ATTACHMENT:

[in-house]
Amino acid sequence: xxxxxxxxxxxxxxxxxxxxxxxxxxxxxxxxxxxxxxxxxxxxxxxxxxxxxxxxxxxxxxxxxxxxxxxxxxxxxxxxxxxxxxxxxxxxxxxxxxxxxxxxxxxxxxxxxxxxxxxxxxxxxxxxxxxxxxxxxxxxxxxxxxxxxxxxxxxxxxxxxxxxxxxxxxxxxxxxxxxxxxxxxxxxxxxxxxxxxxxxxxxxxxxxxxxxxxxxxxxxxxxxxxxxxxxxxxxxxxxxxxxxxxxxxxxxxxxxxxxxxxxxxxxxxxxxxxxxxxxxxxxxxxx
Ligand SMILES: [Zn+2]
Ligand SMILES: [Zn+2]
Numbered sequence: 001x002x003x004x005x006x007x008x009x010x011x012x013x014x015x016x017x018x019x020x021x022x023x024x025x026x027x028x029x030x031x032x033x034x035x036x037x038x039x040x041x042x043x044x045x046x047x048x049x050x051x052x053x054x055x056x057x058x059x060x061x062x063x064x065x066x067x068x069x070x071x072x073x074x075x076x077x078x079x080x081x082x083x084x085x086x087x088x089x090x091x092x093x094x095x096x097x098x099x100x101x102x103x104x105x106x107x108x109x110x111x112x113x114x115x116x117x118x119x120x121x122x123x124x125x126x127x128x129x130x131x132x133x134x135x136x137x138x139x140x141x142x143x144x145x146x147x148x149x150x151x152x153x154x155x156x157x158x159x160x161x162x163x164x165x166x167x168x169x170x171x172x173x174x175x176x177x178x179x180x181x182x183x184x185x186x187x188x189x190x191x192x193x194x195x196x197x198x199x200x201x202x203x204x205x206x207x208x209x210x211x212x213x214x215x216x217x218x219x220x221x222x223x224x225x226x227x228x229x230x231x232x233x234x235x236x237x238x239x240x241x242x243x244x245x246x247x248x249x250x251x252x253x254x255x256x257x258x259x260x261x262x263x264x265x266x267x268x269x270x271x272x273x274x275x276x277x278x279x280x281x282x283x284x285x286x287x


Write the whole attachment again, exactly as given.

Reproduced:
[in-house]
Amino acid sequence: xxxxxxxxxxxxxxxxxxxxxxxxxxxxxxxxxxxxxxxxxxxxxxxxxxxxxxxxxxxxxxxxxxxxxxxxxxxxxxxxxxxxxxxxxxxxxxxxxxxxxxxxxxxxxxxxxxxxxxxxxxxxxxxxxxxxxxxxxxxxxxxxxxxxxxxxxxxxxxxxxxxxxxxxxxxxxxxxxxxxxxxxxxxxxxxxxxxxxxxxxxxxxxxxxxxxxxxxxxxxxxxxxxxxxxxxxxxxxxxxxxxxxxxxxxxxxxxxxxxxxxxxxxxxxxxxxxxxxxxxxxxxxxx
Ligand SMILES: [Zn+2]
Ligand SMILES: [Zn+2]
Numbered sequence: 001x002x003x004x005x006x007x008x009x010x011x012x013x014x015x016x017x018x019x020x021x022x023x024x025x026x027x028x029x030x031x032x033x034x035x036x037x038x039x040x041x042x043x044x045x046x047x048x049x050x051x052x053x054x055x056x057x058x059x060x061x062x063x064x065x066x067x068x069x070x071x072x073x074x075x076x077x078x079x080x081x082x083x084x085x086x087x088x089x090x091x092x093x094x095x096x097x098x099x100x101x102x103x104x105x106x107x108x109x110x111x112x113x114x115x116x117x118x119x120x121x122x123x124x125x126x127x128x129x130x131x132x133x134x135x136x137x138x139x140x141x142x143x144x145x146x147x148x149x150x151x152x153x154x155x156x157x158x159x160x161x162x163x164x165x166x167x168x169x170x171x172x173x174x175x176x177x178x179x180x181x182x183x184x185x186x187x188x189x190x191x192x193x194x195x196x197x198x199x200x201x202x203x204x205x206x207x208x209x210x211x212x213x214x215x216x217x218x219x220x221x222x223x224x225x226x227x228x229x230x231x232x233x234x235x236x237x238x239x240x241x242x243x244x245x246x247x248x249x250x251x252x253x254x255x256x257x258x259x260x261x262x263x264x265x266x267x268x269x270x271x272x273x274x275x276x277x278x279x280x281x282x283x284x285x286x287x